Storage strategy, architecture rate low on wish list

A new survey has found IT managers have missed the mark when it comes to the more important data storage management activities.

In a StorageTek survey of 156 managers in 97 medium to large organizations, storage strategy and architecture design don't rate amongst their top priorities.

In fact storage strategy ranked seventh and storage architecture and design ranked fifth.

StorageTek managing director Australia and New Zealand, Philip Belcher, said this is a classic case of "firefighting getting in the way of fire prevention".

"Storage managers today are spending most of their time on tactical functions, like managing the myriad activities required to keep a modern storage environment running smoothly," Belcher said.

"Very little time is spent on strategic aspects such as strategy setting, designing robust storage solutions and setting policies to govern the management of these solutions.

"Ironically, there are tools, policies and automation techniques available to reduce the workload for these intensively tactical areas, but the catch is, it takes time to do the strategy and planning to create the environment in which this can occur, and most data storage and IT professionals are just too busy to do it."

The survey also questioned storage management policies in organizations and found that fewer than a third of organizations (31.4 percent) had specialist storage management people with 42.9 percent of respondents claiming it was handled by a team along with other tasks.

"Where specialist storage management teams are not in place, tactical activities and other priorities will continue to get in the way of strategic storage management initiatives," Belcher said.

The survey revealed relatively low adoption rates for more modern and sophisticated storage management tools, a likely contributing factor to the high percentage of time that storage managers devote to tactical activities.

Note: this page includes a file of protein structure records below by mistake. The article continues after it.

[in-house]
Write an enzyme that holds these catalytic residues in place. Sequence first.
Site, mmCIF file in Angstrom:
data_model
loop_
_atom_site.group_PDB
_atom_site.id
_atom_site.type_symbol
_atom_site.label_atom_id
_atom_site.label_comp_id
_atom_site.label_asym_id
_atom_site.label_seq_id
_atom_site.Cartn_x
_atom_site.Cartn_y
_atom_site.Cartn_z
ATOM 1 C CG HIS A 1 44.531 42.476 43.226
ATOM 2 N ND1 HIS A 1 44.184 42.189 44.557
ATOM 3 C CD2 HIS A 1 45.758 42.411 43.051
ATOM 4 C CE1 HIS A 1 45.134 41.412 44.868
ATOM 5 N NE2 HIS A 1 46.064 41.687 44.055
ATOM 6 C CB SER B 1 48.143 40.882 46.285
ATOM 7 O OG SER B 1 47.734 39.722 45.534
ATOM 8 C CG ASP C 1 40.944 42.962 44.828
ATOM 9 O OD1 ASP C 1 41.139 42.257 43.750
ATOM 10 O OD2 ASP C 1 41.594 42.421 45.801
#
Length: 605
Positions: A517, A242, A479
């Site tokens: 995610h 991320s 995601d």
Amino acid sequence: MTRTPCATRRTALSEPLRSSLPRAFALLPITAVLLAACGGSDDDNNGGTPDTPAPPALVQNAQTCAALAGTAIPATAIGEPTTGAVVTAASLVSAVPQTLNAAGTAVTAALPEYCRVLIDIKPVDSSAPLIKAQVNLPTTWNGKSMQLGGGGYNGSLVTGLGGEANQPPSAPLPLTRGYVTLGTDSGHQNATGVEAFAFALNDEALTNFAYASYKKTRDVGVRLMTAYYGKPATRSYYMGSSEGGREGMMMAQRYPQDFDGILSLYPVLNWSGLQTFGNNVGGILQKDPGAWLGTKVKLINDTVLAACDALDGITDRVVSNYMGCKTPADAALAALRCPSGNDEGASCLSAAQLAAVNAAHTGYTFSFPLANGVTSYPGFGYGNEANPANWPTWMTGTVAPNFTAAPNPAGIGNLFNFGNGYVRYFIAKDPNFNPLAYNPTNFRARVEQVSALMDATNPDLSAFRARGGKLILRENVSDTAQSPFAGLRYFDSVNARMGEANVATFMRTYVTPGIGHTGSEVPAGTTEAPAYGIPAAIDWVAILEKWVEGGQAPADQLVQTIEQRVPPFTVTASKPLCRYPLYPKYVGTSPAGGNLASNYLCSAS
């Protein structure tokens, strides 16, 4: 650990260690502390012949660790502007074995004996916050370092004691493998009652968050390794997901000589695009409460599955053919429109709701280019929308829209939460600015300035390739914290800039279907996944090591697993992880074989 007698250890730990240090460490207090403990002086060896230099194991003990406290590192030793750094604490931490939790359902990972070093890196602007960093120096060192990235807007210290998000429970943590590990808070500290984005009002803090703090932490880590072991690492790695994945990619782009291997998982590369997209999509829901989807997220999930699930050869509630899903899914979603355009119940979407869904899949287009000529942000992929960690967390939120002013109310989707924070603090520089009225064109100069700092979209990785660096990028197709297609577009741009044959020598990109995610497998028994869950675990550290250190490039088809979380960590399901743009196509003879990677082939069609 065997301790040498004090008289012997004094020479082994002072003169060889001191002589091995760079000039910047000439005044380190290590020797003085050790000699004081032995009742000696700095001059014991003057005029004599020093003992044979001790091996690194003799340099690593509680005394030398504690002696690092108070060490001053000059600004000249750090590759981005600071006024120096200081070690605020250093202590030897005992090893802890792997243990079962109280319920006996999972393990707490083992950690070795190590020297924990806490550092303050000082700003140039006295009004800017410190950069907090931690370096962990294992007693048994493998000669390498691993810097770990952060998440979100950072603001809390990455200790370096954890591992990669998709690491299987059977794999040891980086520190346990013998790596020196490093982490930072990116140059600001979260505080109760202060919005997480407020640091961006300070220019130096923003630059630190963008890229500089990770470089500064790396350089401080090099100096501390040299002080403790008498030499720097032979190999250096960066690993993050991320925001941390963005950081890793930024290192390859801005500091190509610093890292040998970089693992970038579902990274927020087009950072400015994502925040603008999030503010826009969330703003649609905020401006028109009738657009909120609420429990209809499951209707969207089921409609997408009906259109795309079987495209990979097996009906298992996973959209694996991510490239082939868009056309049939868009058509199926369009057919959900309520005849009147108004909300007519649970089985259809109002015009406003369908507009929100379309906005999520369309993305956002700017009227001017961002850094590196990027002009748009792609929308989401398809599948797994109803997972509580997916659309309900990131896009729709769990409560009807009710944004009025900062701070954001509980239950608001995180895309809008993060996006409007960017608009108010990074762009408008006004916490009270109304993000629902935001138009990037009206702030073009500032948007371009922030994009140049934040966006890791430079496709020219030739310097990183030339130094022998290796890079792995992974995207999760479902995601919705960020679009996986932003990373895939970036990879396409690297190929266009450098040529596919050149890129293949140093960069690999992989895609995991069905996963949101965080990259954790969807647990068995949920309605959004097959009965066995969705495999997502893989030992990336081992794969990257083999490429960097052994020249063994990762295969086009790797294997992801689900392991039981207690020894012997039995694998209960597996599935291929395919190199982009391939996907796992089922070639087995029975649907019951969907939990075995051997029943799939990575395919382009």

"The most commonly deployed storage management tools are performance management and monitoring tools, a fairly mature aspect of storage management," Belcher said.

"More recent and powerful technologies such as SRM (storage resource management) and content analysis tools are far less prevalent."

The main impediment to improving storage management, the survey found, is lack of time and resources but most importantly, poor organizational commitment.

"On the surface, these results suggest a lack of recognition by upper management of storage management's strategic importance," Belcher said. To gain organizational commitment, storage managers need to speak in business language rather than in techno babble."

However, IDC director of storage research Asia Pacific Graham Penn questioned the accuracy of the findings.

Penn said asking respondents what percentage of their storage management effort was committed to storage activities may have given misleading results.

"There can be storage activities which are critically important to an organization but may not take a lot of time," Penn said.

"Just because something is important it doesn't mean you have to spend hours and hours on it."

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